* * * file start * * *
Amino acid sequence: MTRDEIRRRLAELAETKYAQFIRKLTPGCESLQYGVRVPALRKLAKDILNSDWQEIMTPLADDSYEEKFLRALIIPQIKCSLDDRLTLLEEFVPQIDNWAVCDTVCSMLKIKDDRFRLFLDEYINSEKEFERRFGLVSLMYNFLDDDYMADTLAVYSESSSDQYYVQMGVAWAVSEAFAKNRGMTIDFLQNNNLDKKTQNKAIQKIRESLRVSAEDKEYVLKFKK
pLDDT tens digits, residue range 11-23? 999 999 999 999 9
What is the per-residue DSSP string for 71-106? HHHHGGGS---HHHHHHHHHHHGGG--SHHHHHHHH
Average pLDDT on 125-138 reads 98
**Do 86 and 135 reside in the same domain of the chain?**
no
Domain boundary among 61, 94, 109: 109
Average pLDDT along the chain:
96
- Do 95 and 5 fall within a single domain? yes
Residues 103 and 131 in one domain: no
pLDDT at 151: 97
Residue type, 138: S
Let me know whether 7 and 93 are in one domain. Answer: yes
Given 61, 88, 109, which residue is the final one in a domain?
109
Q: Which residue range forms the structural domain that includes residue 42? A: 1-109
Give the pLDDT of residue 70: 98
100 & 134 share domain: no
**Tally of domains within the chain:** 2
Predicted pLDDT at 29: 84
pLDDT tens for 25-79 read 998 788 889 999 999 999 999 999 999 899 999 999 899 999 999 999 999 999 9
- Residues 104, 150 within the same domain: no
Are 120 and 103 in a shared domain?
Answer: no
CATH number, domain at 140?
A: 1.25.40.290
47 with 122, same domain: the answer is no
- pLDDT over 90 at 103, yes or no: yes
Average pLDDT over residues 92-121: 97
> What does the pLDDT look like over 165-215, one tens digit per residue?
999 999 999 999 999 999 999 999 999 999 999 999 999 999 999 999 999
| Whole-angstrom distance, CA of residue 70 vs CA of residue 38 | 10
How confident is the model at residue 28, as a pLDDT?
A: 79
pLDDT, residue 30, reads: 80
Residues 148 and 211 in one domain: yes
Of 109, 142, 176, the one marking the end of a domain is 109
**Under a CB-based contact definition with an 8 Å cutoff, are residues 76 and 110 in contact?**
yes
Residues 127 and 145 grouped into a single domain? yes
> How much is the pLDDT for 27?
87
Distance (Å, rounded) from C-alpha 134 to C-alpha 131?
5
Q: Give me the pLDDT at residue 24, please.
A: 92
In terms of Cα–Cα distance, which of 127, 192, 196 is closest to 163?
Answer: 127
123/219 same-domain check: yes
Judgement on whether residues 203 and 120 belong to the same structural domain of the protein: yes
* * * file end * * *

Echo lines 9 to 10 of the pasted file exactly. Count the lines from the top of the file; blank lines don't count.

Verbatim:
96
- Do 95 and 5 fall within a single domain? yes